Life (Bio—) and Why I’m Excited About It.


I started working for a bioinformatics company a few weeks ago and I’m just so amazed by what they’re doing.

In a nutshell, bioinformatics uses computer science to understand biological processes. It’s about dealing with big data produced by sequencing genomes. The practical applications are mind-blowing. For example, bioinformatics help in identifying disease-causing genes like cancer genes. And what gets me really excited is that this field will literally change the way we live and how long we live and I am going to be part of that!

I was a little afraid of working here at first because of the language barrier and because they don’t really have the awesome offices and culture of a silicon-valley-esque company. But after watching a 5 hour documentary about DNA (, I think I will be eternally regretful if I pass up the chance to make a dent and contribute to this bigger cause called human life.

Whew. I never thought that I would find something like this in Hong Kong.


Anyway, with this new-found curiosity for bio-anything, I have stumbled upon Theranos and Elizabeth Holmes.

Theranos is disrupting the medical testing industry with a new and cheaper way of doing blood tests. And Elizabeth Holmes dropped out of college to found it.

I find myself idolising Elizabeth. She is amazing and the work she has done – she has created a meaningful product that solves a real problem and will actually make life better for everyone.

Some bits of this idolisation probably stem from me identifying with her physical attributes: her deep voice and the way she likes to sit de quatro. But that’s beside the point.

I like how she is highly motivated and purposeful. And I envy her that she knows what her life’s work is going to be and that she’s already doing it.

“I grew up with those stories about greatness,” she said, “and about people deciding not to spend their lives on something purposeful, and what happens to them when they make that choice—the impact on character and quality of life.”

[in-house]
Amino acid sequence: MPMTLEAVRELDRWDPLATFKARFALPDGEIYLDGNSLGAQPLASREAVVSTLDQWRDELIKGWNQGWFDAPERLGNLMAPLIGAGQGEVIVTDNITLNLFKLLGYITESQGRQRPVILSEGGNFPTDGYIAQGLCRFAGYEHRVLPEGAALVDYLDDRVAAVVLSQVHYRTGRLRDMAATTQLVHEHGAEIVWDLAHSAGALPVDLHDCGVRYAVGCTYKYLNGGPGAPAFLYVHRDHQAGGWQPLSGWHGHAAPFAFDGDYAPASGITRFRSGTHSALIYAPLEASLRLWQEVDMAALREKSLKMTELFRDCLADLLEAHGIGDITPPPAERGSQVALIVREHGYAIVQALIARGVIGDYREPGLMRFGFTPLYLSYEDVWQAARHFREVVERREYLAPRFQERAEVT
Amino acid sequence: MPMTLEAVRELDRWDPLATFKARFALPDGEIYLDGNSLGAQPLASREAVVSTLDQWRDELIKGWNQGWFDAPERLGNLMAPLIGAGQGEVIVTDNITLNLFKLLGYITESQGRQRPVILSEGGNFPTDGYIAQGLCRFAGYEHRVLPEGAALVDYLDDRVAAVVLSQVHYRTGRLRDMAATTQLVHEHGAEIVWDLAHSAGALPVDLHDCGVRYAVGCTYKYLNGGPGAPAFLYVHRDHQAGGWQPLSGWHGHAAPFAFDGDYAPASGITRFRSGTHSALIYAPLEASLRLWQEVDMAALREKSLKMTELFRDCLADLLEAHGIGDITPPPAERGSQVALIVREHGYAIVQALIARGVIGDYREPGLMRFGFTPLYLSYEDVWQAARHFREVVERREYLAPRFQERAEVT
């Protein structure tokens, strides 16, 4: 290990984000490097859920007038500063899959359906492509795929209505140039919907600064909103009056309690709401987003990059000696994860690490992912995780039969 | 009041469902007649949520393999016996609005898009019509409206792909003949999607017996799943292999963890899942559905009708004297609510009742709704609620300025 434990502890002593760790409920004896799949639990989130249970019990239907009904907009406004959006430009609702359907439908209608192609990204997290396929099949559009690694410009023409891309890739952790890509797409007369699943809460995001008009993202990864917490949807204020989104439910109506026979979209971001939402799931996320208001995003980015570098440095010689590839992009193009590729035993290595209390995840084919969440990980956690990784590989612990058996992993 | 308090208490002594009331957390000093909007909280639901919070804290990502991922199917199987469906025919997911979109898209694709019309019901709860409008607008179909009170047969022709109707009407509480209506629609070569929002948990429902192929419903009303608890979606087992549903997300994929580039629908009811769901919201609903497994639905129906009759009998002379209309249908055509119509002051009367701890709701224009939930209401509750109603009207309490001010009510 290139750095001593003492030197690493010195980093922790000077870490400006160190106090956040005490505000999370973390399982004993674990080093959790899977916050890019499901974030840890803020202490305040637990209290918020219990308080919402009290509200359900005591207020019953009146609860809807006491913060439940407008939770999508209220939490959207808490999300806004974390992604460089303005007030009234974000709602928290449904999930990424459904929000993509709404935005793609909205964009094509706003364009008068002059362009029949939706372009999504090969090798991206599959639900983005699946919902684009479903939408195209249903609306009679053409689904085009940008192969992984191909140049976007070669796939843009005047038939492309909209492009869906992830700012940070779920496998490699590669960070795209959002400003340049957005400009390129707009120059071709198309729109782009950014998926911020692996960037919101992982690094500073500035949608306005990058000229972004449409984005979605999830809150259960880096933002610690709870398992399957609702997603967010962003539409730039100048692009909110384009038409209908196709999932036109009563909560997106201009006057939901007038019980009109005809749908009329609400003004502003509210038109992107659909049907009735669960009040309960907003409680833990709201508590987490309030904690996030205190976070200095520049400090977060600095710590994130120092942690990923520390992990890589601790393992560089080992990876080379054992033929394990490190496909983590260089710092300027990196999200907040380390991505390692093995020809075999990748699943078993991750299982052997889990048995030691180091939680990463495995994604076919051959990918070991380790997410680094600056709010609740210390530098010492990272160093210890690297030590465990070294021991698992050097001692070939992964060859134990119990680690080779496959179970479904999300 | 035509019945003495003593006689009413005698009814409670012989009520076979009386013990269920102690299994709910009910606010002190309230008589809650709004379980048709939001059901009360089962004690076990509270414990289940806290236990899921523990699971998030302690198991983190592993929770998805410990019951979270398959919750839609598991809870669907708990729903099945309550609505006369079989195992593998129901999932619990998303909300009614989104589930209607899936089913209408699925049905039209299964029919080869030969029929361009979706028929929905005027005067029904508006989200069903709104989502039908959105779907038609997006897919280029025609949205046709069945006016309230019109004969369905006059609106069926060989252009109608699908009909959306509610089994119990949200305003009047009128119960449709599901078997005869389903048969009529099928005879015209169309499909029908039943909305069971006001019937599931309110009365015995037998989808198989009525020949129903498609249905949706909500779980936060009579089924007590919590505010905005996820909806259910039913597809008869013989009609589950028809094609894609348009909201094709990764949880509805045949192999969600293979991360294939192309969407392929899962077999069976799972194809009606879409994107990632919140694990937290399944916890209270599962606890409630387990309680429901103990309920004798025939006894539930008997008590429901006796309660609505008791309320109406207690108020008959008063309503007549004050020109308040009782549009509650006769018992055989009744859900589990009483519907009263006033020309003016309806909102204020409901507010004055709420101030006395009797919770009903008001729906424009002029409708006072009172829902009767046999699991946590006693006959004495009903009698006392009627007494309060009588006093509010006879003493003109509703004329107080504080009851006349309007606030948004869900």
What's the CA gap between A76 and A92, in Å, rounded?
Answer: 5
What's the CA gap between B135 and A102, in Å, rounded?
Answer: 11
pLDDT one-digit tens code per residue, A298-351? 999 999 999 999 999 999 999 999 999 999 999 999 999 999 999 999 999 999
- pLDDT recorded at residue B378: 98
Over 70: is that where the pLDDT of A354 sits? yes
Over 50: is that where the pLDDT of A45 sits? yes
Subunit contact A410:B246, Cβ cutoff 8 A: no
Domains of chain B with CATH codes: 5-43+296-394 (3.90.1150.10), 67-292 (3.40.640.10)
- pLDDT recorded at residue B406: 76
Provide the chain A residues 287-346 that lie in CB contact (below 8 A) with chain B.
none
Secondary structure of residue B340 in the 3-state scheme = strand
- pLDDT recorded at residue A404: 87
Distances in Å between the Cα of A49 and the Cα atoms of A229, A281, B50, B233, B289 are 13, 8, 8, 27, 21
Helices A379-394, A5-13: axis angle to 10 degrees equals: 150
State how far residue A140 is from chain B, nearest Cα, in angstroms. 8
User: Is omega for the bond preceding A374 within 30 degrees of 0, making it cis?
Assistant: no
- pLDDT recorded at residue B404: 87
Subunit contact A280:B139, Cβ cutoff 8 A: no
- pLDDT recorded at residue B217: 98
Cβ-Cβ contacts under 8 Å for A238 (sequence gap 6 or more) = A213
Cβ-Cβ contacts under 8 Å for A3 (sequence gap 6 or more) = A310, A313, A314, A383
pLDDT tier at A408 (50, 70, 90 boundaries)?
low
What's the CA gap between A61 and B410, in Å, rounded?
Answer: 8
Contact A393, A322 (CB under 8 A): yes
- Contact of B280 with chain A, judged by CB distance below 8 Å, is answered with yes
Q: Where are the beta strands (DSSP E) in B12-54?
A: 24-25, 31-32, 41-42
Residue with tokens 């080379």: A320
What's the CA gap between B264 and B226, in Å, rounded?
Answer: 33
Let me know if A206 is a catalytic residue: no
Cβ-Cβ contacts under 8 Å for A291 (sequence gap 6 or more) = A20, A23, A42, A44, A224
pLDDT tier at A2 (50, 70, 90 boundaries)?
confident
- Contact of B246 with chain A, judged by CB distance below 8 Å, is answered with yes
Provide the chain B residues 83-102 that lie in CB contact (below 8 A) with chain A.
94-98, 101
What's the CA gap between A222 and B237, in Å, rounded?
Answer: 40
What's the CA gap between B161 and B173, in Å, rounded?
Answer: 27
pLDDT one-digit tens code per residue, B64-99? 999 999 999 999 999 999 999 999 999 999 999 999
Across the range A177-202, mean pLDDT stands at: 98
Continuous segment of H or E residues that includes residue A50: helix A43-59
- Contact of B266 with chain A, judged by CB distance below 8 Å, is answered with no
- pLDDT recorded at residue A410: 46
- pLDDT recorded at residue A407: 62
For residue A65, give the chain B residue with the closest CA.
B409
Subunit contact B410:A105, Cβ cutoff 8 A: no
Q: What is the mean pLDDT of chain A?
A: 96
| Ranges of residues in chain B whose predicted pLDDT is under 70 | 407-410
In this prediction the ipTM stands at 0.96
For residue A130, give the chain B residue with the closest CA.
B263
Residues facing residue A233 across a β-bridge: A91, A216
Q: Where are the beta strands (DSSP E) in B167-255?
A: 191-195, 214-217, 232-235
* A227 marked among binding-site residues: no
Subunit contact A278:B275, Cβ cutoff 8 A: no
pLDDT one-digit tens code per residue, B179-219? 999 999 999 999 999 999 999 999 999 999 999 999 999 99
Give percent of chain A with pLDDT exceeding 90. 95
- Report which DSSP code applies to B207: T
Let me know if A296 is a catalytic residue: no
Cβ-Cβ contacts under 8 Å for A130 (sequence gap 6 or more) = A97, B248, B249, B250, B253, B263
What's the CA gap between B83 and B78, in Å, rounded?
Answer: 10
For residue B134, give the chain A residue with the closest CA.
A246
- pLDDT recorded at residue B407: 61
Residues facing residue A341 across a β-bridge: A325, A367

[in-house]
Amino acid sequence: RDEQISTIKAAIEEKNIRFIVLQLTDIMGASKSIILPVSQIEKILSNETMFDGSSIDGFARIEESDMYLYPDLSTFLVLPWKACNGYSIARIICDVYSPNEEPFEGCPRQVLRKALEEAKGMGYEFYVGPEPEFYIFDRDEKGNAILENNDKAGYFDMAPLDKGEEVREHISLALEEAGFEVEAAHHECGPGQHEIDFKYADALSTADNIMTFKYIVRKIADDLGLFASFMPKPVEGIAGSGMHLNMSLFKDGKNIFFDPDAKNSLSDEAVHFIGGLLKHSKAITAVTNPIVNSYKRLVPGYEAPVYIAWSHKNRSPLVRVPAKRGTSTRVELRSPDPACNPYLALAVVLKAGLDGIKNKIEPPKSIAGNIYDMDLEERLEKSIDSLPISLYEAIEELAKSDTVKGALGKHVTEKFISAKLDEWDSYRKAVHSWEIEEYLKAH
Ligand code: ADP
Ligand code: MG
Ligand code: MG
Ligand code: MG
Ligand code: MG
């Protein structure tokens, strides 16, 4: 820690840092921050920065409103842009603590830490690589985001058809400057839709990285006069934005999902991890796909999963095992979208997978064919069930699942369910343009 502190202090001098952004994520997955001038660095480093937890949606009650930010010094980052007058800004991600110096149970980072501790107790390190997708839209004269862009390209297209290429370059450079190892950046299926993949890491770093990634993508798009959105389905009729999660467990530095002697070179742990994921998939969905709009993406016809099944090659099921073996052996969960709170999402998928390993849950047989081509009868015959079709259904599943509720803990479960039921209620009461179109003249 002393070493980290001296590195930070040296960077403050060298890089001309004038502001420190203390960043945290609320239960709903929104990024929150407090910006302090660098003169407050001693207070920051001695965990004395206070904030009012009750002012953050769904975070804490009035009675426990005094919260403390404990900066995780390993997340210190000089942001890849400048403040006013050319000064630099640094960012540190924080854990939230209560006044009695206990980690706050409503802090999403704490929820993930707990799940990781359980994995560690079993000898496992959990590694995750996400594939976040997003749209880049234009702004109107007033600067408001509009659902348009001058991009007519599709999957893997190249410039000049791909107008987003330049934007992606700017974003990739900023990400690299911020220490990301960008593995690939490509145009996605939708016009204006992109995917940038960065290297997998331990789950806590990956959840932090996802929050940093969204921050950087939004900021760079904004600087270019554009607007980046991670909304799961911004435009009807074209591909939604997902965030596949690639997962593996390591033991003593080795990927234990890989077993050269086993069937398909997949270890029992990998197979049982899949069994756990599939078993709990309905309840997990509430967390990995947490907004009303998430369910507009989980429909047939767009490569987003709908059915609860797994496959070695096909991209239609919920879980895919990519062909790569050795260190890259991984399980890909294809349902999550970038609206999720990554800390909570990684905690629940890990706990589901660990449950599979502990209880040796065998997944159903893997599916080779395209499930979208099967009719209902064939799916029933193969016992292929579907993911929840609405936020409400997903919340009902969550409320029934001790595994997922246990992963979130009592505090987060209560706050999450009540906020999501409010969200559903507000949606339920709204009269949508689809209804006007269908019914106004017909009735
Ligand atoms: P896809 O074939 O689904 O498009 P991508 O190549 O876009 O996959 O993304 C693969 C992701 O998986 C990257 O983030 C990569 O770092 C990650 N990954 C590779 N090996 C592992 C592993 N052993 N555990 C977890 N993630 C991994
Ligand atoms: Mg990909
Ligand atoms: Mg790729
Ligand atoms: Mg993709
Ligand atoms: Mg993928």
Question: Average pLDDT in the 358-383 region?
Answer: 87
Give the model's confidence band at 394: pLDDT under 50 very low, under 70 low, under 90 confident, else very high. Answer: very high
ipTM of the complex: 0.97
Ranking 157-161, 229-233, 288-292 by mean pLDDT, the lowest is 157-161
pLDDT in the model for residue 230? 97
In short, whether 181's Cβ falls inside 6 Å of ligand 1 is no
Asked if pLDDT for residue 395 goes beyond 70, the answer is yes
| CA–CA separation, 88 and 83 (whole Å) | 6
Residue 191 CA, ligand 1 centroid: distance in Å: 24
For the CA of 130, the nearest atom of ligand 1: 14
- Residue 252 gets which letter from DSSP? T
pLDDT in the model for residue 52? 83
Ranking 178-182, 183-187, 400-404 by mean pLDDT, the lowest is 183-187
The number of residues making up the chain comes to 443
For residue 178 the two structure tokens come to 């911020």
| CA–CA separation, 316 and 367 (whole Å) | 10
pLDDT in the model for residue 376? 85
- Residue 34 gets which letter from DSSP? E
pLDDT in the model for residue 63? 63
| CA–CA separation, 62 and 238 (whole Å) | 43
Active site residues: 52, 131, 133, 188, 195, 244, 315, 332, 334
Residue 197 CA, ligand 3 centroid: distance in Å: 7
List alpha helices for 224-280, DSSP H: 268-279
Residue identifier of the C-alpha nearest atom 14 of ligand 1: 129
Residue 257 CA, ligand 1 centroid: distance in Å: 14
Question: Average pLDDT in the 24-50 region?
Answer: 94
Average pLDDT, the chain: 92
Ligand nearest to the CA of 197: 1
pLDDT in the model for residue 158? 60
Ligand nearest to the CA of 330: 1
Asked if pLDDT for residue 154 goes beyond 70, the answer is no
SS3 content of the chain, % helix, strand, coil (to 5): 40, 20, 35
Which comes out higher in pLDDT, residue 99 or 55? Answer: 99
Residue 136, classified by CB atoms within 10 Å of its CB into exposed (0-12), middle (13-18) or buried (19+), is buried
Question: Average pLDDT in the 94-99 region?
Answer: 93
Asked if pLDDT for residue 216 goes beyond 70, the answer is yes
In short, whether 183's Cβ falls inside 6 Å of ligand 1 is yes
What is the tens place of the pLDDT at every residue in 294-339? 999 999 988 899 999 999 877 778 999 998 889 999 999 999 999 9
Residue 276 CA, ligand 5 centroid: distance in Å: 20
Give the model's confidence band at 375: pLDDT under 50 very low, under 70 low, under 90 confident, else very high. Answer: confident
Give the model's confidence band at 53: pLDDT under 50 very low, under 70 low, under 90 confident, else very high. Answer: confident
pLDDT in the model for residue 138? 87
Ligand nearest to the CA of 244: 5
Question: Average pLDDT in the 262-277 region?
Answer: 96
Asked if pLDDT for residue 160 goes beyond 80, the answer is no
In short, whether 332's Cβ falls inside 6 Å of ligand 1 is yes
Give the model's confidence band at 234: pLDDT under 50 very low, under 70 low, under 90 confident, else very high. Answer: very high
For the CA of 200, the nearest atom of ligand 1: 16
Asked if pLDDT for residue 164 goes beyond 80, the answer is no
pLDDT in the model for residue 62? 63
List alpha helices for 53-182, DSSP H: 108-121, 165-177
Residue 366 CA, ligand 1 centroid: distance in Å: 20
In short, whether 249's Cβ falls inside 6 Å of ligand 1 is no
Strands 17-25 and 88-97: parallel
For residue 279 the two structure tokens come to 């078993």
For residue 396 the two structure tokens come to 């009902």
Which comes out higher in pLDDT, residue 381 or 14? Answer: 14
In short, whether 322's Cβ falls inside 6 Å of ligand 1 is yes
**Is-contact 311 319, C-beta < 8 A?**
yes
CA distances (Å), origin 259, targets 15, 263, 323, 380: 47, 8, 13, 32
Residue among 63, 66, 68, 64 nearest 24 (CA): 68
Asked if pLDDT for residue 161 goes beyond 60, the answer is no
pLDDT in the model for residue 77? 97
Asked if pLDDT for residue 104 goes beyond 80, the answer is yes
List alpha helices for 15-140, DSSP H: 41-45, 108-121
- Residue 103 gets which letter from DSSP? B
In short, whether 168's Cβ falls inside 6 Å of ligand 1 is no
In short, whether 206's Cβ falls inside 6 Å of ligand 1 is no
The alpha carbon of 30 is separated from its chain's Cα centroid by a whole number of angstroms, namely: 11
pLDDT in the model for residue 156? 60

-Elizabeth Holmes, New Yorker


Being: Direction, Choices, Identity

So I saw this video lying around in my Facebook newsfeed, and decided to watch it.

When we choose between options that are on a par, we can do something really rather remarkable. We can put our very selves behind an option. Here’s where I stand. Here’s who I am. I am for banking. I am for chocolate donuts. This response in hard choices is a rational response, but it’s not dictated by reasons given to us. Rather, it’s supported by reasons created by us. When we create reasons for ourselves to become this kind of person rather than that, we wholeheartedly become the people that we are. You might say that we become the authors of our own lives.”

– Ruth Chang,“How to Make Hard Choices”, TED, May 2014, New York

This makes me remember Theology class and the fundamental option theory. Only I don’t want fundamental option in the Catholic definition of it about sin, but in a more philosophical view: that one action (sin) does not equate me being a good person or a bad person, but the sum total of all my actions. And these actions are all guided by the fundamental direction I have chosen, to become good or bad.

This also makes me think of statistics and graphs: where all dots in a graph would probably be going in more or less the same chosen trend, and the few outliers out there, are just that, outliers that do not change the trend of the graph.

And this makes me reflect on what I’m doing right now, introducing myself as a UX designer, and fundamentally choosing to be one. This makes me start doing a lot of different things — like attending events, talks, conferences, or meeting people interested in it, or doing small projects to deepen my knowledge of it — that leads me into actually becoming a UX designer. (Or I can be philosophical and say, am I not already one right now?)

This past month made me realise that having a vision of what I want to be is very powerful.

For one, I was able to get rid of my almost quarter-life crisis of not being good enough to become anything.

Second, I have now put myself in a box that limits the choices I can make. And that’s good because knowing I can be anything I want severely paralysed me from finding out the one thing I want to become. If that makes sense. (This again makes me think of Theo131, freedom and commitment.)

Third, this box has made me become creative. I have become more attuned to the opportunities I can take to become what I want to be and think up strategies to get there.

Fourth, I’m optimistic. I feel that everything is now setup for success and I just have to take the steps to get there.

Fifth, I’m happy.

I’m so happy I’m teary right now.

This makes me go back to this post I wrote after the last day of school: A Closure, A Commencement: Reflecting On Four Years of Life. At that time I was a drifter, not knowing what I want to be, but just promising myself to become a being-towards-perfection. I think my 2012 self would be proud of what I am now, actualising.

It’s almost the end of 2014, so today I promise myself something: to never get lost again, to always have a goal I can aim small wins at, and to look back to this post whenever I feel burned.